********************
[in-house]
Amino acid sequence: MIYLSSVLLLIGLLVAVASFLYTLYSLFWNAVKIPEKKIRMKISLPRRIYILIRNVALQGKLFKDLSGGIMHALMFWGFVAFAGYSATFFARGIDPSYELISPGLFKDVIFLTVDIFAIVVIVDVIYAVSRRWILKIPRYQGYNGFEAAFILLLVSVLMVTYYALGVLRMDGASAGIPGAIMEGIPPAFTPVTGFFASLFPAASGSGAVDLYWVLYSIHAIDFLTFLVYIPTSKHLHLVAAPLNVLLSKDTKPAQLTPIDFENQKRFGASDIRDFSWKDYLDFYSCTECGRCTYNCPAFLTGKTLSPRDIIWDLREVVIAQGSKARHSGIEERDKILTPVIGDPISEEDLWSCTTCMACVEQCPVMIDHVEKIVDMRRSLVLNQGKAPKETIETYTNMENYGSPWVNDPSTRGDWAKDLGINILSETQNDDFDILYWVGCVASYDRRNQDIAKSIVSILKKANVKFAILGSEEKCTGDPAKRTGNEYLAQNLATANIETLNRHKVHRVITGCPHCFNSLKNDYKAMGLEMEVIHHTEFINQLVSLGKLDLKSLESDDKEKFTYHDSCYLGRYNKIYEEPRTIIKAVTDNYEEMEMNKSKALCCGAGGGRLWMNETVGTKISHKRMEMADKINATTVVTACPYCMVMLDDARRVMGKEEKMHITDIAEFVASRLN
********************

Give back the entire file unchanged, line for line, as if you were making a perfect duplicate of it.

[in-house]
Amino acid sequence: MIYLSSVLLLIGLLVAVASFLYTLYSLFWNAVKIPEKKIRMKISLPRRIYILIRNVALQGKLFKDLSGGIMHALMFWGFVAFAGYSATFFARGIDPSYELISPGLFKDVIFLTVDIFAIVVIVDVIYAVSRRWILKIPRYQGYNGFEAAFILLLVSVLMVTYYALGVLRMDGASAGIPGAIMEGIPPAFTPVTGFFASLFPAASGSGAVDLYWVLYSIHAIDFLTFLVYIPTSKHLHLVAAPLNVLLSKDTKPAQLTPIDFENQKRFGASDIRDFSWKDYLDFYSCTECGRCTYNCPAFLTGKTLSPRDIIWDLREVVIAQGSKARHSGIEERDKILTPVIGDPISEEDLWSCTTCMACVEQCPVMIDHVEKIVDMRRSLVLNQGKAPKETIETYTNMENYGSPWVNDPSTRGDWAKDLGINILSETQNDDFDILYWVGCVASYDRRNQDIAKSIVSILKKANVKFAILGSEEKCTGDPAKRTGNEYLAQNLATANIETLNRHKVHRVITGCPHCFNSLKNDYKAMGLEMEVIHHTEFINQLVSLGKLDLKSLESDDKEKFTYHDSCYLGRYNKIYEEPRTIIKAVTDNYEEMEMNKSKALCCGAGGGRLWMNETVGTKISHKRMEMADKINATTVVTACPYCMVMLDDARRVMGKEEKMHITDIAEFVASRLN